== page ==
12-Month Yield

What it means: This yield represents the distributions paid by a fund over the past year. It’s calculated by adding up any income distributions over the past 12 months, then dividing that by the sum of the most recent net asset value (NAV) and any capital gains distributions made over that time.

Matt’s take: Like the distribution yield, 12-month yield is a good indicator of the income being paid out by a fund. And since it looks at the past year of payments, it’s less affected by fluctuations in the monthly fund distribution. 12-month yield is good for understanding a fund’s income history, or what it has paid out in the past.

30-Day SEC Yield

What it means: Based on the most recent 30-day period, this yield reflects the interest earned during the period by the average investor in the fund, after deducting the fund’s expenses for the period. This is a standard calculation developed by the SEC in order to provide a standard comparison among bond funds. Providers may calculate other yields differently, but every fund (except money market funds) must follow the same formula for SEC yield.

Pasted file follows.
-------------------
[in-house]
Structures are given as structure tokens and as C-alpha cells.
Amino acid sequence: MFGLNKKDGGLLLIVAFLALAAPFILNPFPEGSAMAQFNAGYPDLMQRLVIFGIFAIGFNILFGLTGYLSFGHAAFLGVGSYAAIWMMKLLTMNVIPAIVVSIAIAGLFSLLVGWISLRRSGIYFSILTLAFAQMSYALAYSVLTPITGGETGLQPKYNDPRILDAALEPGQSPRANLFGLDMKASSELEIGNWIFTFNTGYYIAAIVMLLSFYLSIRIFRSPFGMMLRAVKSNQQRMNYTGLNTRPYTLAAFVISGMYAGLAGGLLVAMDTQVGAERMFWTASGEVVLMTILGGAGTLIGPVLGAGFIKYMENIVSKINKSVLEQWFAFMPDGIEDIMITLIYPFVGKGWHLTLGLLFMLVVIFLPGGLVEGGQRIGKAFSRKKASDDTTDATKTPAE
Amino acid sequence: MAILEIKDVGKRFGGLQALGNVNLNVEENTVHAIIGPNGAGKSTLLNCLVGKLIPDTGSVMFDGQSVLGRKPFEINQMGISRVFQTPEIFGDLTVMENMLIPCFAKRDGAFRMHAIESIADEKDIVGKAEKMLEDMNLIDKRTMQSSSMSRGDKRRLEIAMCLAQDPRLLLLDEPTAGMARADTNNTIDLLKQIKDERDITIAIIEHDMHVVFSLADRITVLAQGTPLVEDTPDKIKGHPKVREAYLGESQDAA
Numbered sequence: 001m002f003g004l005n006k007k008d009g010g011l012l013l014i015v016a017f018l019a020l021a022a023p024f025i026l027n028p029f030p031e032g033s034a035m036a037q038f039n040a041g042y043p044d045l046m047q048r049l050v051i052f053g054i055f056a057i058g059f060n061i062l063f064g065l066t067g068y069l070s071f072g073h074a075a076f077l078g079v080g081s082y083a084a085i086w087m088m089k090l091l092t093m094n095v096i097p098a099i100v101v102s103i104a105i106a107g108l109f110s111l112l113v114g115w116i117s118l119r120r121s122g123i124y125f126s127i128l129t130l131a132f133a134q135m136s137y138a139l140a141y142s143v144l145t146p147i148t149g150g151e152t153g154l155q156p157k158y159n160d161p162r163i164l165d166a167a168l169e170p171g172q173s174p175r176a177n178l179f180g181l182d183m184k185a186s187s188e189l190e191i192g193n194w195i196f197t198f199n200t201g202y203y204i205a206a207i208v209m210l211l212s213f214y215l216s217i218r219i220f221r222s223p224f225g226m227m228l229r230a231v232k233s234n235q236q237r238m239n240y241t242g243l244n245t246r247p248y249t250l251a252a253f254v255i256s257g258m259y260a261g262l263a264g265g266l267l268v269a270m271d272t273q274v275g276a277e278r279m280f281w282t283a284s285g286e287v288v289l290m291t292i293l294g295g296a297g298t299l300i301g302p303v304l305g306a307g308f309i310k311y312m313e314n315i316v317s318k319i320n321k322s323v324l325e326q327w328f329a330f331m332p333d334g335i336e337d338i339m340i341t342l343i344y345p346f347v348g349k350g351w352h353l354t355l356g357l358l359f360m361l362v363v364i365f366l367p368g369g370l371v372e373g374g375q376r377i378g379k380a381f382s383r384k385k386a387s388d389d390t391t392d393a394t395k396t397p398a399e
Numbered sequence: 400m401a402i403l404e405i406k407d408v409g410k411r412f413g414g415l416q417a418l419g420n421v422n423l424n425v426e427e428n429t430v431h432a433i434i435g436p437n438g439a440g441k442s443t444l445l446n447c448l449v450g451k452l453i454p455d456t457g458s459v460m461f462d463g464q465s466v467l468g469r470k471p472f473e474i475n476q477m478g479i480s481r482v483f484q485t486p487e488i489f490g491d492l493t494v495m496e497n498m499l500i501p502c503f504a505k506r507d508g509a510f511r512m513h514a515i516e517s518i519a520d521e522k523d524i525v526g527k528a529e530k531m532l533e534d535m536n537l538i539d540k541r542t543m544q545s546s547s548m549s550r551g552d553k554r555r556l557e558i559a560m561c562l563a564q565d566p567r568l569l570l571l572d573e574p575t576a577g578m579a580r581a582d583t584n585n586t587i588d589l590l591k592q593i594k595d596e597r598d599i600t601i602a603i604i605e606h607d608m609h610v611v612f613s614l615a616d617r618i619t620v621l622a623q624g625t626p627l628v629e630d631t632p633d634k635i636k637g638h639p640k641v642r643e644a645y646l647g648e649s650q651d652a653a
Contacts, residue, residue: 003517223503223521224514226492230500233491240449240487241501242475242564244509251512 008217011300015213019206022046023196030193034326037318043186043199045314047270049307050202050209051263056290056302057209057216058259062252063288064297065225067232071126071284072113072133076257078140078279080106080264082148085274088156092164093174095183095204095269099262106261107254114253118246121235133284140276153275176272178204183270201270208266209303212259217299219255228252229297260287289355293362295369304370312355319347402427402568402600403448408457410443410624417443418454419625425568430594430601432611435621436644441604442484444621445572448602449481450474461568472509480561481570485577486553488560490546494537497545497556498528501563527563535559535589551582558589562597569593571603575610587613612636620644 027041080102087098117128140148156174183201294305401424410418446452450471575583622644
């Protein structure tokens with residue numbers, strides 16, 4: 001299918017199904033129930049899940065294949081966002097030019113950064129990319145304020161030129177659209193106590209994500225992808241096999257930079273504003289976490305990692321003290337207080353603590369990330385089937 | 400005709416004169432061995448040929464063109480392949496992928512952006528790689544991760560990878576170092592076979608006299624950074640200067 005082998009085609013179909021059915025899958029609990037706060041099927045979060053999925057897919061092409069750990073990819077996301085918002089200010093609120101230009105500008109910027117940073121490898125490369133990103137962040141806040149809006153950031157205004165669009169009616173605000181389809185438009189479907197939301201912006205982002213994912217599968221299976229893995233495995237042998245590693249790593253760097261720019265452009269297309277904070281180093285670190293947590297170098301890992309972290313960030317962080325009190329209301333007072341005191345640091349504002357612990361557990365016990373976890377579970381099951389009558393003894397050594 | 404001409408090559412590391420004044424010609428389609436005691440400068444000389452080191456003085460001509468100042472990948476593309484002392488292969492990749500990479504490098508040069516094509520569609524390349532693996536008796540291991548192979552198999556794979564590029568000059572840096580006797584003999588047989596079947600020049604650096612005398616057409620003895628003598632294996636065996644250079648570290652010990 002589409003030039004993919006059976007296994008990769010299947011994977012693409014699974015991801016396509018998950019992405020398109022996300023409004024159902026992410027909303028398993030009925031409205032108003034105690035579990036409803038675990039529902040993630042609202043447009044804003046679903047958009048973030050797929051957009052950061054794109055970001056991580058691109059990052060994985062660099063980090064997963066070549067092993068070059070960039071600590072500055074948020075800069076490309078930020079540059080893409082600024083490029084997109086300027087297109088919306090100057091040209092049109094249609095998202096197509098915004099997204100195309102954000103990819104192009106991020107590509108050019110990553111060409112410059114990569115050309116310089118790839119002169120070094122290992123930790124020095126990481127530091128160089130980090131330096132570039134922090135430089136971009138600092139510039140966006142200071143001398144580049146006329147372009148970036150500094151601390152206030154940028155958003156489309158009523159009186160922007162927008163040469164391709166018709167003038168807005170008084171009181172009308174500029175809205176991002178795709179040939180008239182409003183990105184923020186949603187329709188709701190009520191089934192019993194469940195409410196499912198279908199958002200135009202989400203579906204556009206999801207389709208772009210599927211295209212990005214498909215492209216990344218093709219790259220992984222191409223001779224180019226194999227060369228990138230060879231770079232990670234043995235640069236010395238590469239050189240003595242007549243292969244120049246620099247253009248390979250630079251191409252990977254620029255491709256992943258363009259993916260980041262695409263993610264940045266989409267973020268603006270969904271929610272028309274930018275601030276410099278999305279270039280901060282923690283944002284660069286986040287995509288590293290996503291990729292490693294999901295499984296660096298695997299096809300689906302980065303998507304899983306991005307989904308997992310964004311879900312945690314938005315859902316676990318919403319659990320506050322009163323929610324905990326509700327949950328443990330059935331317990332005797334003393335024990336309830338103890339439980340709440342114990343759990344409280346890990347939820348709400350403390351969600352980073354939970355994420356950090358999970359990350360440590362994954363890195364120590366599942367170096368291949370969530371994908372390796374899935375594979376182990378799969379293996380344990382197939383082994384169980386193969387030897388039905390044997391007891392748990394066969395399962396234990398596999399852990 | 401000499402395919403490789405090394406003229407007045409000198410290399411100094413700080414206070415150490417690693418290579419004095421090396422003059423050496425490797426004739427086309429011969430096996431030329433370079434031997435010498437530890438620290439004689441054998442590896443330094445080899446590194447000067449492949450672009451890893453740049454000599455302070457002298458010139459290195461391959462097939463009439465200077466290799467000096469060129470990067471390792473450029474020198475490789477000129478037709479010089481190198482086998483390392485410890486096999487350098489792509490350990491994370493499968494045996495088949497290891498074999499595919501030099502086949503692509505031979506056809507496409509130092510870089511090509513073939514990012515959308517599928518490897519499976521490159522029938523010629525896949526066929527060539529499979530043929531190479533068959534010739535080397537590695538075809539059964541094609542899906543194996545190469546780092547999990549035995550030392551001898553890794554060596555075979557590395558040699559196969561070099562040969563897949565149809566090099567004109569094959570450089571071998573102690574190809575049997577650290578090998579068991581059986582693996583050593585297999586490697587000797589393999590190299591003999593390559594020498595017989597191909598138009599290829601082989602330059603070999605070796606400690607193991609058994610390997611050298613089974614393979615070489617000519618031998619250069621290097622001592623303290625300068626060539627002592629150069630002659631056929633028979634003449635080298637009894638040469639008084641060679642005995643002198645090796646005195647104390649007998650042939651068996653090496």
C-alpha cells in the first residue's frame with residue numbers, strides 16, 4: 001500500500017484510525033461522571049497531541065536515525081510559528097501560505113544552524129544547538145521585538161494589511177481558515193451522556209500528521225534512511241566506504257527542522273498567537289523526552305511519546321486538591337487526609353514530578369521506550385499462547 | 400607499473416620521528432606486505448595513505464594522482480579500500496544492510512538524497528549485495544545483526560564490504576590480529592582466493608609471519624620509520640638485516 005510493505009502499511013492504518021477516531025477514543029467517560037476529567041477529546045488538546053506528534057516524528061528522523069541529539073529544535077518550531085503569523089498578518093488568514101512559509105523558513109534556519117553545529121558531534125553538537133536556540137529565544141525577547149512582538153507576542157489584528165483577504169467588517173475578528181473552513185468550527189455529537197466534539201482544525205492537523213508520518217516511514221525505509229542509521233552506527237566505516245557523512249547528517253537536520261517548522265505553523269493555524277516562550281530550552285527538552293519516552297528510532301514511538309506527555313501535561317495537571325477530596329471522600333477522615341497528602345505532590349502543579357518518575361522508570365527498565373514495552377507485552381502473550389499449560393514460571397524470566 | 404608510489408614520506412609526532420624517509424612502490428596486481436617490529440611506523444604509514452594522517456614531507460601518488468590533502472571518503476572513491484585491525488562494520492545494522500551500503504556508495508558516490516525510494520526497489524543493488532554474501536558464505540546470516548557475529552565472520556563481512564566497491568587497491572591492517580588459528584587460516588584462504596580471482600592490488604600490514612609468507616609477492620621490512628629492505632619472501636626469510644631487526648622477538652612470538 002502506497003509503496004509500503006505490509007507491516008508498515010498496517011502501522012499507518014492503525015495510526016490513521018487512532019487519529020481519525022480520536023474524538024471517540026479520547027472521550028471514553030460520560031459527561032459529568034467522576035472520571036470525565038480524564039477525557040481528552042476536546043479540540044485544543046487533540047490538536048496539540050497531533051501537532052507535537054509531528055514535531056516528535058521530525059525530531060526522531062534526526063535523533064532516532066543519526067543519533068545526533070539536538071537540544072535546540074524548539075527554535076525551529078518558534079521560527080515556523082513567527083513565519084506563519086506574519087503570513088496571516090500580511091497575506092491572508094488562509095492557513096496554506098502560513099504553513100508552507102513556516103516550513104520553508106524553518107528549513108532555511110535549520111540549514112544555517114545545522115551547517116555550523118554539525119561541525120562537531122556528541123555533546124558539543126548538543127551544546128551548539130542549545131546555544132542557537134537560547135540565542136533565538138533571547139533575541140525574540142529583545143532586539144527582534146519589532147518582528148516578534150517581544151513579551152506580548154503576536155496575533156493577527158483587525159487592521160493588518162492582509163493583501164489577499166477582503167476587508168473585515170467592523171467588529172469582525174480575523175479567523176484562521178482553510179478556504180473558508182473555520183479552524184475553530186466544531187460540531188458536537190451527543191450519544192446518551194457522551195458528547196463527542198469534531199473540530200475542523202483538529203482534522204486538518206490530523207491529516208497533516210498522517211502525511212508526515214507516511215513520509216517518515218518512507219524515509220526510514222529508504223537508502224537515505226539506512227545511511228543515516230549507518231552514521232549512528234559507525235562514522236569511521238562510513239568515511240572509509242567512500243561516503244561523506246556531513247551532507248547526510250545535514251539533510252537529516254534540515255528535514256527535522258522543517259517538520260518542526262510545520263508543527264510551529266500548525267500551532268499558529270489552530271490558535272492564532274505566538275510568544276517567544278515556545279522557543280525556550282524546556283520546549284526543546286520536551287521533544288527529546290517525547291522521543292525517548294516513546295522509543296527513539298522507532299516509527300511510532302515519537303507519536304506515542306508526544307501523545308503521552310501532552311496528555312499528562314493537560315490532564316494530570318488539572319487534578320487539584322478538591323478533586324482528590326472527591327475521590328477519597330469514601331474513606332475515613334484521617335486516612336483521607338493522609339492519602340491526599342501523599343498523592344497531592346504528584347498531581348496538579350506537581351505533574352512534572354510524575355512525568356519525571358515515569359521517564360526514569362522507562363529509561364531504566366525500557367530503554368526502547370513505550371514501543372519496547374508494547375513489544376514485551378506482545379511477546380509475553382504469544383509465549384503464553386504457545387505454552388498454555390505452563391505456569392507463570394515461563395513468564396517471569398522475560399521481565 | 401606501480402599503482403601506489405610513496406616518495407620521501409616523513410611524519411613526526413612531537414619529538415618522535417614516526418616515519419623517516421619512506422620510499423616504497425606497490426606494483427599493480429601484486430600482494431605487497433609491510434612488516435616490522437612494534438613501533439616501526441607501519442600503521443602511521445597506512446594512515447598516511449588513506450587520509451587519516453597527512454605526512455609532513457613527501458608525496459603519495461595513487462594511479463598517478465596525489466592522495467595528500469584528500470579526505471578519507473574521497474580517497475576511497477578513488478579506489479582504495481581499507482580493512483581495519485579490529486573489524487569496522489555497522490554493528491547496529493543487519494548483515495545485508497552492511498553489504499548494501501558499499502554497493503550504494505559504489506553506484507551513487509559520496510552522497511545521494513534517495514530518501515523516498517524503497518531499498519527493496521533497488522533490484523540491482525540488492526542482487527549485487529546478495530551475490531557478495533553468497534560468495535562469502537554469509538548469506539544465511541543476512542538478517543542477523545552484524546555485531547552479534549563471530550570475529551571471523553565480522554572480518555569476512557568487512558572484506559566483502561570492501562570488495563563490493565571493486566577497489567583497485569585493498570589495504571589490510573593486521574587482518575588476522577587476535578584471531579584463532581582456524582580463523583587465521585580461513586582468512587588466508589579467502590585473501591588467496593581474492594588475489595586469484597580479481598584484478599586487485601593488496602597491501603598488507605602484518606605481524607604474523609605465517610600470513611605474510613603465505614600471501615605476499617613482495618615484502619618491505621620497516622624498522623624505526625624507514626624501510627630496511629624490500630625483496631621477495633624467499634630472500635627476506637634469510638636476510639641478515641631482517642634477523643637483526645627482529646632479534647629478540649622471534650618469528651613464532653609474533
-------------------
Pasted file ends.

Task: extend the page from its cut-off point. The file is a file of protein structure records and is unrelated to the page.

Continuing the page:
Matt’s take: The 30-day SEC yield is the only yield metric for which all fund providers have to use the same calculation. As such, it’s generally considered to be the best metric to use when comparing funds. 

So which yield is best? Again, it depends on what you want to do. If I want to get a sense of how much income a fund has paid out historically, I use the distribution or 12-month yield. If I want to get a sense of where a fund’s distributions may trend going forward, I use average YTM (always deducting fund expenses from it). In my experience, I’ve found that the actual distribution paid out by a fund tends to be somewhere in between the past distribution yield and the YTM.

Matt Tucker, CFA, is the iShares Head of Fixed Income Strategy and a regular contributor to The Blog.  You can find more of his posts here.

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